The used truck market got more reassurance there is light at the end of the tunnel Friday, as J.D. Power Director of Specialty Vehicles Chris Visser offered his insights into the market and expectations for 2024 at the Used Truck Association (UTA) Convention in San Antonio.
Following the measured positivity provided by Steve Tam with ACT Research Thursday, Visser confirmed the current fundamentals in the used truck space are as bad as they seem. Weakening freight volumes have forced carriers and equipment out of the market, creating an oversupply in the used truck space that has depressed pricing. Depreciation has finally slowed to historical averages after a year of freefalling, and sales volumes, while higher, are mostly due to movement in the auction and wholesale space.
Visser said the normalization of depreciation will slow continuing price reductions into 2024 but it’s still going to be a while before things finally turn around. J.D. Power’s models indicate mid-year will likely be the inflection point for the new business cycle, based mostly on broader economic forecasting that is targeting the latter half of next year as a growth period. But Visser also noted when business conditions do finally, and inevitably, turn upward, it won’t be a slow, methodical transition.
“The truck market always changes quickly and drastically,” he said. “The one thing you can’t predict is word of mouth.”
In the meantime, Visser said used truck dealers will need to continue to be prudent with their decision making around sleeper tractors. He said sleepers with fewer than 300,000 miles continue to bring good money but “there are none of them out there.” Most sleepers entering the market today have higher than average miles and little demand. Visser said 3- to 5-year-old Class 8 sleepers have depreciated by 4.8% per month year to date (YTD) in the auction space and 3.5% per month YTD in the retail sector. Similarly aged day cabs have fared better at 3.1% per month YTD while the medium-duty space, until fairly recently, had mostly avoided falling prices entirely.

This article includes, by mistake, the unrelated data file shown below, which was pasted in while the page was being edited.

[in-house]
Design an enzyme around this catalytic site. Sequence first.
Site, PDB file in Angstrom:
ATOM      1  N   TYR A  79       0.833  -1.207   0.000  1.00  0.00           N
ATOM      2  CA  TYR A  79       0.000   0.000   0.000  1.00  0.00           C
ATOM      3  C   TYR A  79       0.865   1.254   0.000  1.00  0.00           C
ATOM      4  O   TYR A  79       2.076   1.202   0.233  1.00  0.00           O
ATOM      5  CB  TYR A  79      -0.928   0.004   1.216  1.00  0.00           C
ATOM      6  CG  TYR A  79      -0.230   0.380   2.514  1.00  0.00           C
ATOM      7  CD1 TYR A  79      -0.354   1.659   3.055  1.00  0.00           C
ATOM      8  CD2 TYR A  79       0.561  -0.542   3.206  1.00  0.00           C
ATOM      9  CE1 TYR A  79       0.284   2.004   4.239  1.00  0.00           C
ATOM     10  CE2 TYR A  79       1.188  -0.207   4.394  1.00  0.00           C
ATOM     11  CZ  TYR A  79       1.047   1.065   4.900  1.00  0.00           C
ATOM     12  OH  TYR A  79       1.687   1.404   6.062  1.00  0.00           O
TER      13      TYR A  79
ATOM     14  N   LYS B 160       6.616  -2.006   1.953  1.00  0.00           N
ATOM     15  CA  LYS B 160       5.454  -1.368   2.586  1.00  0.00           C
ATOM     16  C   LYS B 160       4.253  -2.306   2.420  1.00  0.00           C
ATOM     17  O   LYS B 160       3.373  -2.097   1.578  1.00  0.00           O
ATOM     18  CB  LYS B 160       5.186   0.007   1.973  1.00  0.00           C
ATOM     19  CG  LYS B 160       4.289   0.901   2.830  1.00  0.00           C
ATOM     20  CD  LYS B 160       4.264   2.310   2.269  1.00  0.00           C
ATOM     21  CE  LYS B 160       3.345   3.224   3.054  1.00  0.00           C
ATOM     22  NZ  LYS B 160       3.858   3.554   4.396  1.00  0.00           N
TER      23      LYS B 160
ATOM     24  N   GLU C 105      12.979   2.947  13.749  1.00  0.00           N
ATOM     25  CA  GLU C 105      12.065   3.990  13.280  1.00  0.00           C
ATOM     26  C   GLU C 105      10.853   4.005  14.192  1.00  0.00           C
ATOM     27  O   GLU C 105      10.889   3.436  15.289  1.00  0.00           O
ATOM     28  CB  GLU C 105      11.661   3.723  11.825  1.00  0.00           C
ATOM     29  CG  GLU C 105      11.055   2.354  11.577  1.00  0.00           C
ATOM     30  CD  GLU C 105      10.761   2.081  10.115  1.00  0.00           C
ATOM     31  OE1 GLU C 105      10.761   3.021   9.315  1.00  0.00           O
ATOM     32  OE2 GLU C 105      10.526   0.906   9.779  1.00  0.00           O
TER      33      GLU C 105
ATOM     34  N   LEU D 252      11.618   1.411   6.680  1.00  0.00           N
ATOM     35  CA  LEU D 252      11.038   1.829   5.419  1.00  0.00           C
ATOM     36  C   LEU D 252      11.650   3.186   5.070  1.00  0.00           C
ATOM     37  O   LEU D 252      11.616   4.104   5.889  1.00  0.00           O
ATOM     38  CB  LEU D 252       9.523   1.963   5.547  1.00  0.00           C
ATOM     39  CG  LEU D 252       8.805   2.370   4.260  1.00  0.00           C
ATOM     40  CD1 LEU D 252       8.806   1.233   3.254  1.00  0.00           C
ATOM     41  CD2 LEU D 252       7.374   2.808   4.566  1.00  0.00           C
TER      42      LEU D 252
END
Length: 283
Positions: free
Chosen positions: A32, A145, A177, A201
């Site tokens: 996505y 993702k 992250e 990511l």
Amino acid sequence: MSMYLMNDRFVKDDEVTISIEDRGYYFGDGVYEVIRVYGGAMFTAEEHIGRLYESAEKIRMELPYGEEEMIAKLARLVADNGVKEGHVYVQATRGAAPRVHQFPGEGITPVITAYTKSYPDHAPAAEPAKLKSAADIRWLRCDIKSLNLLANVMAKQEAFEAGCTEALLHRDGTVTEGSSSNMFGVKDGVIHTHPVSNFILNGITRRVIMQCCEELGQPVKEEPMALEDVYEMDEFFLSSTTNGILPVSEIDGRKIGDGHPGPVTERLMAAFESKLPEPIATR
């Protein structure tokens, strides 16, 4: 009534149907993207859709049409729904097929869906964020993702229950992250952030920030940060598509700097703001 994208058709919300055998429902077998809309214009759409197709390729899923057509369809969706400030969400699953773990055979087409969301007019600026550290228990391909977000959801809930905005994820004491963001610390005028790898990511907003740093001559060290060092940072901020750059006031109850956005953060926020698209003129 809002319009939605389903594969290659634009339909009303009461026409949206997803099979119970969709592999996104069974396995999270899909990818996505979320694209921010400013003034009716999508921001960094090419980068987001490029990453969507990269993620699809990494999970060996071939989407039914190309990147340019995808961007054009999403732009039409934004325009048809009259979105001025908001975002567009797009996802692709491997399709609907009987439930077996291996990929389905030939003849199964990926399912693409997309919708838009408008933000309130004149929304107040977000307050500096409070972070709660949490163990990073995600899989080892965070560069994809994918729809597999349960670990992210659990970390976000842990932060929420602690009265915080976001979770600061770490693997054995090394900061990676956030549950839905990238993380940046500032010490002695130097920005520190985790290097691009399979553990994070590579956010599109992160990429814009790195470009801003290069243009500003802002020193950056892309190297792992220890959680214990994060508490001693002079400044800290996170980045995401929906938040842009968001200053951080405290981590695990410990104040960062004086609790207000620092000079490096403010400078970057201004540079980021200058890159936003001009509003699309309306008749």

“For a while customers couldn’t get new medium-duty trucks because the OEMs weren’t making them,” he said.
Visser also noted there are underlying market statistics that show the industry has almost finished course correcting from the post-COVID sales bubble.
The disparity between retail and auction prices is still tighter than typically seen at about $15,000 for 3- to 5-year-old sleepers but is normalizing, Visser said. In early 2022 demand there was no price spread at all. Additionally, retail sales per rooftop averaged 5.5 trucks per month pre-pandemic. Visser said today’s average is about half that but has been steady to slightly up in 2023 based on J.D. Power’s data, which indicates a stable demand floor.
Visser also noted with a new order pre-buy almost assuredly coming in advance of the EPA’s next round of emission regulations for model year 2027 engines, 2-year-old trucks will be in great demand beginning in 2025, if not even earlier. Visser said fleets who are unable to acquire new equipment in advance of the regulation will be more likely to purchase late-model used trucks to supplement their fleet than keep equipment well beyond their typical trade cycle.
“You’re going to want to get as many 2-year-old trucks as you can,” he said.